there is also the flip side where you pay suppliers early to get take advantage of prompt payment discounts but here we are talking about sources of funding, not working capital management.

4. investors

whilst lower down my list, as the value of funding increases this will be a more likely route of funding but more expensive in the long run compared to the previous options.

perhaps what you were expecting this blog to be about from the title, and certainly the most common if you’re looking to raise a significant chunk of money as the above are unlikely to raise £1m fast (although investor funding is never ‘quick’ per se). this can come in many different forms (I’ll write about these separately very soon) such as the type: debt v equity, and the route: traditional v alternative. investors will of course expect a return, in the form of interest or equity, so very quickly it will cost you a lot more.

for larger amounts a PE (‘private equity’) or VC (‘venture capital’) firm may also want someone on the board, will they have the same mind-set as you and the founding team? will they distract you? the positive here is that they will also have expertise and contacts to offer, it can be like dating though – you will need to find the right one so get yourself out there, make an effort, tidy yourself (forecasts, assumptions, business plan and pitch) up! there are also lots of options out there before you need to go to your bank, there are crowd platforms, some may ask for no security (interest will be higher), so look around, consider grants (free money but smaller amounts) or funds (normally from LEPs – Local Enterprise Partnerships). ‘The FSE Group’ has a good fund finder on their site (www.fsegroup.co.uk).

5. banks

traditional but becoming less a common way to source funding for a scale up business – not when there are so many good alternatives anyway!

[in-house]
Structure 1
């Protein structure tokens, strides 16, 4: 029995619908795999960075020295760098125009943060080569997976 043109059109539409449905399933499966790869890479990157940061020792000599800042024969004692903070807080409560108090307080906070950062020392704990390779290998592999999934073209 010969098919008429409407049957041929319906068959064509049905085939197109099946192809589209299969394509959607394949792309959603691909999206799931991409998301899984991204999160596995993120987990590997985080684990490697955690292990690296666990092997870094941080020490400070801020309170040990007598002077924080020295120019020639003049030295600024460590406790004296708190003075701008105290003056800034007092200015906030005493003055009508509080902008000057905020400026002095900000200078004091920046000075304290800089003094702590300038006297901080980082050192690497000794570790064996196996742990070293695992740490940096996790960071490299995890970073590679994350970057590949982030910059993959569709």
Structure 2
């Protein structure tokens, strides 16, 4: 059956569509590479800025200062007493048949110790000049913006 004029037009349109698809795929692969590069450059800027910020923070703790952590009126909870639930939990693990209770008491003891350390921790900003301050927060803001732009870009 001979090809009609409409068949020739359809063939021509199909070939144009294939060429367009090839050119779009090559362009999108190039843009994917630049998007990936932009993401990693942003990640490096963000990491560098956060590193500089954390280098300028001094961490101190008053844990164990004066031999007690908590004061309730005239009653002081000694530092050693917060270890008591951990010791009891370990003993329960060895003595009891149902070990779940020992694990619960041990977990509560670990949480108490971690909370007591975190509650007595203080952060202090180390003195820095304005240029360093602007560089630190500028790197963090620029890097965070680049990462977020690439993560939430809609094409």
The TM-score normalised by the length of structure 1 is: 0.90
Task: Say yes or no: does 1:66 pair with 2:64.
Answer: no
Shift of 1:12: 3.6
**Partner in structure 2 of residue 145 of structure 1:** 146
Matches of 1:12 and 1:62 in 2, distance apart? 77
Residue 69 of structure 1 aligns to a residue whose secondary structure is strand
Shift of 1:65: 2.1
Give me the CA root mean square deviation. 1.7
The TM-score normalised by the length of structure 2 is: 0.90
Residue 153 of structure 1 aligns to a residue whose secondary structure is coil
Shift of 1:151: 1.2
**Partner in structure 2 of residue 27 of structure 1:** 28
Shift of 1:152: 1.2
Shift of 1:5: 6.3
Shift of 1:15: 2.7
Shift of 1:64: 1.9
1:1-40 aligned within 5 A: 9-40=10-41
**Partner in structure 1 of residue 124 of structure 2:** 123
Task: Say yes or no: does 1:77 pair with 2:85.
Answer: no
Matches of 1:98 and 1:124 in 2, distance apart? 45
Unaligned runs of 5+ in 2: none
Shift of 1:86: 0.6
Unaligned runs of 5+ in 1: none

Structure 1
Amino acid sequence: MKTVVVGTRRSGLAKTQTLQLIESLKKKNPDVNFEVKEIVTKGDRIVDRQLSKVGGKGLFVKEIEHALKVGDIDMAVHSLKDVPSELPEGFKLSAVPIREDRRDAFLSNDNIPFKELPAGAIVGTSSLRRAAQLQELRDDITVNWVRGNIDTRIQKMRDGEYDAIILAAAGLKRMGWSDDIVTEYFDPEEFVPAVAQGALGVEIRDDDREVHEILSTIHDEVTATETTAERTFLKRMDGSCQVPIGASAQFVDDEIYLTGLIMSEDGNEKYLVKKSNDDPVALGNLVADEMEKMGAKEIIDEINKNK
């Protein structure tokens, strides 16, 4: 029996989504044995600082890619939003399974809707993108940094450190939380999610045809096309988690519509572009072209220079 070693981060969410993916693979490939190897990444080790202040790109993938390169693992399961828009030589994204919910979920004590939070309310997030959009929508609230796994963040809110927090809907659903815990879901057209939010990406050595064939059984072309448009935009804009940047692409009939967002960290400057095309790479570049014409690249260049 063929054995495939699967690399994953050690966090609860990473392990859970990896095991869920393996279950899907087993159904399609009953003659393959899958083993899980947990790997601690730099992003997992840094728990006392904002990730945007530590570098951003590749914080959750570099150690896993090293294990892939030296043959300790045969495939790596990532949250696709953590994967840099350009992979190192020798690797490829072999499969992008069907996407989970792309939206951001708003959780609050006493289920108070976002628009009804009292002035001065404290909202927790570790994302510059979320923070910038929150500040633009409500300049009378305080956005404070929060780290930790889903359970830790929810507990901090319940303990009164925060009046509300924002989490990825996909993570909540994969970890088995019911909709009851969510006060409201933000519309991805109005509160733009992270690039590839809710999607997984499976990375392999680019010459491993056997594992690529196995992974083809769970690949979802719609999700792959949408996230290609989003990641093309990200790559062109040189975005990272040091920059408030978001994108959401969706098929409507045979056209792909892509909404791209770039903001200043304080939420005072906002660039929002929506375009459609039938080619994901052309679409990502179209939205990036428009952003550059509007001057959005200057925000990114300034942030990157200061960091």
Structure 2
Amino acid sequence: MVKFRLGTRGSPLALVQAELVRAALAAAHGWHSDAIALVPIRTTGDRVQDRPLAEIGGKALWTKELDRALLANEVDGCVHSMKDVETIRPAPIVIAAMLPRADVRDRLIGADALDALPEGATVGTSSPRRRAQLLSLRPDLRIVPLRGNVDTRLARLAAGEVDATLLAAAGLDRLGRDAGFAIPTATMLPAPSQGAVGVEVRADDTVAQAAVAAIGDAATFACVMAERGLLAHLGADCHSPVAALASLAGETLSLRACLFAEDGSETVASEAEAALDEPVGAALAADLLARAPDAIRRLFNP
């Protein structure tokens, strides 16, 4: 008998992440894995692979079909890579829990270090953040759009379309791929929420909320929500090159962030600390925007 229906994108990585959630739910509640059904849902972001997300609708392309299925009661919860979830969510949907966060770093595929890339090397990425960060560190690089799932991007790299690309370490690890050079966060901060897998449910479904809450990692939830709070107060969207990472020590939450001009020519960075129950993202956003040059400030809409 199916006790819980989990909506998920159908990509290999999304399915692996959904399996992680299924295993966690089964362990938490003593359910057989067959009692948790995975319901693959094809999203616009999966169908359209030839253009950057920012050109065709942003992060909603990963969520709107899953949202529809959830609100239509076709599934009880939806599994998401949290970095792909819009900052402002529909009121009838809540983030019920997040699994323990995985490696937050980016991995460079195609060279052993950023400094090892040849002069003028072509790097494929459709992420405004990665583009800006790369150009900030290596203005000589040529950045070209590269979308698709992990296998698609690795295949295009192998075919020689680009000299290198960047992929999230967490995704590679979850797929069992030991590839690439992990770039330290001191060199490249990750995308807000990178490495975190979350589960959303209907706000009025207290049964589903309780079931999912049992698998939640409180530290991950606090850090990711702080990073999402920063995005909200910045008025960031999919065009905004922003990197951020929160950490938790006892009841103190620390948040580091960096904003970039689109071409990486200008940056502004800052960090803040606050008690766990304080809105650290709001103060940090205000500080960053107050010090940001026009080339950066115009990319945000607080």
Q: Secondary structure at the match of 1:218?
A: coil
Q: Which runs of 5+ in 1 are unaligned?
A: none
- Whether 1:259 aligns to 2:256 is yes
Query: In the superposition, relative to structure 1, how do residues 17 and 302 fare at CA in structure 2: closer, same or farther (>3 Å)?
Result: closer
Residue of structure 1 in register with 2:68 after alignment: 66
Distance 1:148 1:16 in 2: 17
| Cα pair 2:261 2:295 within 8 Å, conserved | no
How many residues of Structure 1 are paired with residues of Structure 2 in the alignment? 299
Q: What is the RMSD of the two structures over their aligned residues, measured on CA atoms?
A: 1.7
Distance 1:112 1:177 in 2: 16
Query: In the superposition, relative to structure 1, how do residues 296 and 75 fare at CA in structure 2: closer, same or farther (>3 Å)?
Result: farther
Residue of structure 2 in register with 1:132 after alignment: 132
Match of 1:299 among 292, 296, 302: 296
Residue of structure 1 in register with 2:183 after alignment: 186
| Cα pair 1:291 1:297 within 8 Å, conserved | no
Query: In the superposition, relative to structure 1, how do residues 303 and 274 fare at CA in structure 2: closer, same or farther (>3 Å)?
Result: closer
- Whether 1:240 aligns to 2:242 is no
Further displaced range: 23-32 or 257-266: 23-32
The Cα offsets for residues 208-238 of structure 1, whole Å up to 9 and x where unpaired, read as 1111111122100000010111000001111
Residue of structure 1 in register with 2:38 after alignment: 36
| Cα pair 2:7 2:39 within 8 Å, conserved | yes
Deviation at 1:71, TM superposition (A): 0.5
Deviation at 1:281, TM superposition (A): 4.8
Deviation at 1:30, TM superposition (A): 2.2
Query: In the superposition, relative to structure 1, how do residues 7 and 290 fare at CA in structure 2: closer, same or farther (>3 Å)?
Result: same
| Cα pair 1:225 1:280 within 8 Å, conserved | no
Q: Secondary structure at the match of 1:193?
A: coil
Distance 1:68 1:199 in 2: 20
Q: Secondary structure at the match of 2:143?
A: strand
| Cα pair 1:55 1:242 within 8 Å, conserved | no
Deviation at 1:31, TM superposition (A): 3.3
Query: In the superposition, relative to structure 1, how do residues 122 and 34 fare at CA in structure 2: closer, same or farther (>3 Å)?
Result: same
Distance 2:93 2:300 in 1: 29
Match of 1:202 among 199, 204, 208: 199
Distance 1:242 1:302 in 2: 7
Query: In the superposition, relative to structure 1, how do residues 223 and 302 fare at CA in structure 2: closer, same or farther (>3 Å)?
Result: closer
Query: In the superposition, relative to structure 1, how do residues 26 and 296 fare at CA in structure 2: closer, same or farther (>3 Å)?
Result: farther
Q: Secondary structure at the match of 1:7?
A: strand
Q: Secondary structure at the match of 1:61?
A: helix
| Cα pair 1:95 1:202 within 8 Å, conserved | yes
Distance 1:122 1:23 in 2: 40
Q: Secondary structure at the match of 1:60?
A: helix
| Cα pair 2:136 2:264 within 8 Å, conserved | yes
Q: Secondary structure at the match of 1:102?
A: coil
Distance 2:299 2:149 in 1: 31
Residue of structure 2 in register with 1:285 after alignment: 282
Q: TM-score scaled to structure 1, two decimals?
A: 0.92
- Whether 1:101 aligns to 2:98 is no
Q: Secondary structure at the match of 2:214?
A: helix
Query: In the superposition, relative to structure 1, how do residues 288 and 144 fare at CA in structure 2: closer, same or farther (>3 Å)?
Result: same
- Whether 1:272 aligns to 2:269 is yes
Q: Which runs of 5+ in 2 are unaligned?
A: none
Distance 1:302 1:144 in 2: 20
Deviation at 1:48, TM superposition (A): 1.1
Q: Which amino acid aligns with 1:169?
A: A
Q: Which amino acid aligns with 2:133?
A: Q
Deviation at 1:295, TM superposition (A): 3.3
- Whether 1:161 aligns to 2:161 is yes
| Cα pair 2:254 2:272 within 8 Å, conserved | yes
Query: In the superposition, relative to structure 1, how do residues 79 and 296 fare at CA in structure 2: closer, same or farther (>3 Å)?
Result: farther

last on my list and the most traditional route of funding. whilst some credit should be given as banks are becoming better, there are still several issues. for an sme you’ll likely be one of 50 in a portfolio, have no personal touch and get no other expertise/skill-set from your investor. this will typically be secured funding too, so for a scale up with no premises, what security can you really provide? don’t rule this out but make sure you have a pretty solid business plan, 5 year forecast and know exactly what you plan to spend the money on.

final thoughts

each of the above have their merits and one answer will of course not fit all businesses, but from my experience customers, staff & suppliers are the areas to consider before getting an investor on board, particularly in your early days as all you may have is a great team (a good idea is a given these days, what else makes you different?), so if you can motivate them while also tying them in, all the better!

whilst lots more could be said on all 5 above, hopefully its broadened your view or highlighted some new options. in my opinion, it is only be a matter of time before we refer to ‘alternative platforms’ in the same breath as ‘traditional’ ones.

thanks for reading – if you have any comments or questions on the above, or are interested in talking to us, please get in touch.